Tougher air pollution targets needed
Starting in late February, representatives of the EU’s three legislative bodies (the Council, Parliament and Commission) have held a series of trialogue meetings over spring and early summer to negotiate a revised National Emissions Ceilings (NEC) directive with the aim of reaching a final compromise by June 2016.
While the Commission and the Parliament aim for an ambition level that would result in a 52 per cent reduction in premature deaths from air pollution between 2005 and 2030, the Council (i.e. the member states) argues for a significantly less ambitious target of 48 per cent. The latter would in effect result in an additional 16,000 annual premature deaths in 2030, on top of the more than a quarter of a million annual premature deaths that are expected to remain if the Commission’s proposal was to be implemented.
According to the environmental group European Environmental Bureau (EEB), approximately 130,000 EU citizens could die prematurely between 2016 and 2030 if the emission reduction targets for air pollutants are weakened in line with the Council’s position.
The Council’s 48-per-cent target was the outcome of mismanaged negotiations under the Luxembourg Presidency last year, when many member states got away with very unambitious emission reduction commitments (ERC). For example, Denmark, Bulgaria, Greece and Romania got away with weakening their ERCs for all five pollutants, and Italy and the UK managed to lower their national targets for four of the pollutants. (See table in AN 1/16, page 9.)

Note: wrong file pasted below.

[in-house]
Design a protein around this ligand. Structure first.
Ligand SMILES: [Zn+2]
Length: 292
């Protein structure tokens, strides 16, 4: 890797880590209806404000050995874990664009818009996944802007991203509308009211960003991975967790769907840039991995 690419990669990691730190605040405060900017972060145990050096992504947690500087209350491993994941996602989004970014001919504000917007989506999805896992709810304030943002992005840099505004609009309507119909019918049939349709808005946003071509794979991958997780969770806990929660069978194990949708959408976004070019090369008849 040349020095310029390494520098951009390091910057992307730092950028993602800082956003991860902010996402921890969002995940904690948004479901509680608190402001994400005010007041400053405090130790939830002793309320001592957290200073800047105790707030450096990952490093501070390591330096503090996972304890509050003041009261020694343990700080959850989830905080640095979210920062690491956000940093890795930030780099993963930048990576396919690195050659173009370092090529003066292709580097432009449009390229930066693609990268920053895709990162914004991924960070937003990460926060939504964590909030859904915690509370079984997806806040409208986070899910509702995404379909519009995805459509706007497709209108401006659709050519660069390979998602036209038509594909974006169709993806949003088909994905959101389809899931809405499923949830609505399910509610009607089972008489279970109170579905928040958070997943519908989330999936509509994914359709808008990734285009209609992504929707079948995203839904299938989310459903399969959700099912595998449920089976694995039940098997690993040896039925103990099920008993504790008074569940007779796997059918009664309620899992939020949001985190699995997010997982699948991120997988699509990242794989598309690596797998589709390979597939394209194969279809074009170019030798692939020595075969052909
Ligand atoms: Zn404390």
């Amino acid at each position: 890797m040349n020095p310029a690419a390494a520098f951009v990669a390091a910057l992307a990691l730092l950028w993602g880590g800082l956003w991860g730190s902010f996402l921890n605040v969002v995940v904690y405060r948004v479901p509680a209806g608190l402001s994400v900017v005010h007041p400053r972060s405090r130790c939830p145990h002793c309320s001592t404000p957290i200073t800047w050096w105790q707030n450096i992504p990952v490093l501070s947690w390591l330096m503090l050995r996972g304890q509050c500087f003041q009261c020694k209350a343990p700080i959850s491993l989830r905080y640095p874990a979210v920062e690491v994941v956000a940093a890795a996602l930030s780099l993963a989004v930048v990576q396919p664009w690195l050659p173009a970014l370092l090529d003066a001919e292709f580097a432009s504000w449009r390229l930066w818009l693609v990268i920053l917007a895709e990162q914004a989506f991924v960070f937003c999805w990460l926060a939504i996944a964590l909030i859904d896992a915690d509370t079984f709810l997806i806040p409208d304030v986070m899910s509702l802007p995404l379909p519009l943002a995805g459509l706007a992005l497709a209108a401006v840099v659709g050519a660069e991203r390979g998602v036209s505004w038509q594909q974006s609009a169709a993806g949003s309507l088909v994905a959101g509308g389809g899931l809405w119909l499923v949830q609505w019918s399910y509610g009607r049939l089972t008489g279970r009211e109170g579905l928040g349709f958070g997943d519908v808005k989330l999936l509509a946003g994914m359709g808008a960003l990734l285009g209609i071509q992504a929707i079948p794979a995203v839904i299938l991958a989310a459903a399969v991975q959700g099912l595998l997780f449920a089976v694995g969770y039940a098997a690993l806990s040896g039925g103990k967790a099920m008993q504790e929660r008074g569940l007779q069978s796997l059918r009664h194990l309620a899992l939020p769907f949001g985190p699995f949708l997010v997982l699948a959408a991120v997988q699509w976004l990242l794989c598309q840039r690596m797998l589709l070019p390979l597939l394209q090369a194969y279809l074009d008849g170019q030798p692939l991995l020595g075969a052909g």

Now it is up to the Parliament and the Commission, hopefully with support from the Dutch Presidency, to push member states to accept more ambitious ERCs, especially for particulate matter (PM) and ammonia (NH₃) – pollutants that have particularly high adverse effects on human health. Ammonia is also the main culprit for ecosystem damage through eutrophication.
A possible compromise that would achieve a 50 per cent reduction in premature deaths has ben put forward by the Dutch Presidency to the member states. This would among other things imply that big member countries such as Germany, France, Italy, Spain and the UK, which are also responsible for large shares of the emissions, would need to accept slightly stricter ERCs, especially for PM and ammonia.
Another issue of debate is that the Parliament is also pushing for binding targets for 2025, compared to the Commission’s proposed indicative targets, while the Council only wants some sort of vague guiding figures for 2025. Having binding intermediary targets would obviously better ensure that countries really are on track to meet their 2030 ERCs.
When the Council agreed its position in December 2015, member states removed the ozone precursor methane completely from the directive. However, both the Commission and the Parliament want to keep it in, although a majority in the Parliament supported exclusion of the main source of methane emissions from agriculture, i.e. from livestock’s enteric fermentation, which in 2005 contributed more than a third of the EU’s total methane emissions. A compromise has been tabled that would reduce the EU’s overall methane ERC from 33 to 20 per cent, which equals the result of excluding enteric methane.
Other issues of contention include among others the five additional flexibilities introduced by the Council in order to make it easier for member states to comply; to what extent emission abatement measures listed in Annex III should be binding or just voluntary; the timing and extent of reporting and review; and public access to information and justice.
A fourth, possibly final, trialogue meeting on the revision of the NEC directive is due in early June.